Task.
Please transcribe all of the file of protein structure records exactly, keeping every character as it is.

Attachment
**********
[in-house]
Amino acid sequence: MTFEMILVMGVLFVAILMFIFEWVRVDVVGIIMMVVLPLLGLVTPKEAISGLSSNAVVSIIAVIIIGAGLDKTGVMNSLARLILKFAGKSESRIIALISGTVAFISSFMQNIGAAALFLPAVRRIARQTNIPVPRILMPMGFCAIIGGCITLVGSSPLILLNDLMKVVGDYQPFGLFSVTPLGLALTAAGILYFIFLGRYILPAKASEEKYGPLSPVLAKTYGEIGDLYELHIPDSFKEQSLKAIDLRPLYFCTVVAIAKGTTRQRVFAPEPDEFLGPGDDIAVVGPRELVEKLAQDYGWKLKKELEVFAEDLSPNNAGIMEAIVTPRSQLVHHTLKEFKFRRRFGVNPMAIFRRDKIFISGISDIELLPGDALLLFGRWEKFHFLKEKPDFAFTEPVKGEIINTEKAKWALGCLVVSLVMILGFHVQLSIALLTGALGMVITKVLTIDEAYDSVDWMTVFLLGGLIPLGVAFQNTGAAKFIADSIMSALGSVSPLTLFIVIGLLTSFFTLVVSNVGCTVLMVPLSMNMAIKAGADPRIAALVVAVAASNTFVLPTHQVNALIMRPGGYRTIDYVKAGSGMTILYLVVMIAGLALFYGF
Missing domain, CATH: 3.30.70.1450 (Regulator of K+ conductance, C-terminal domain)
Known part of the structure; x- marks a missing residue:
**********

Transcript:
[in-house]
Amino acid sequence: MTFEMILVMGVLFVAILMFIFEWVRVDVVGIIMMVVLPLLGLVTPKEAISGLSSNAVVSIIAVIIIGAGLDKTGVMNSLARLILKFAGKSESRIIALISGTVAFISSFMQNIGAAALFLPAVRRIARQTNIPVPRILMPMGFCAIIGGCITLVGSSPLILLNDLMKVVGDYQPFGLFSVTPLGLALTAAGILYFIFLGRYILPAKASEEKYGPLSPVLAKTYGEIGDLYELHIPDSFKEQSLKAIDLRPLYFCTVVAIAKGTTRQRVFAPEPDEFLGPGDDIAVVGPRELVEKLAQDYGWKLKKELEVFAEDLSPNNAGIMEAIVTPRSQLVHHTLKEFKFRRRFGVNPMAIFRRDKIFISGISDIELLPGDALLLFGRWEKFHFLKEKPDFAFTEPVKGEIINTEKAKWALGCLVVSLVMILGFHVQLSIALLTGALGMVITKVLTIDEAYDSVDWMTVFLLGGLIPLGVAFQNTGAAKFIADSIMSALGSVSPLTLFIVIGLLTSFFTLVVSNVGCTVLMVPLSMNMAIKAGADPRIAALVVAVAASNTFVLPTHQVNALIMRPGGYRTIDYVKAGSGMTILYLVVMIAGLALFYGF
Missing domain, CATH: 3.30.70.1450 (Regulator of K+ conductance, C-terminal domain)
Known part of the structure; x- marks a missing residue: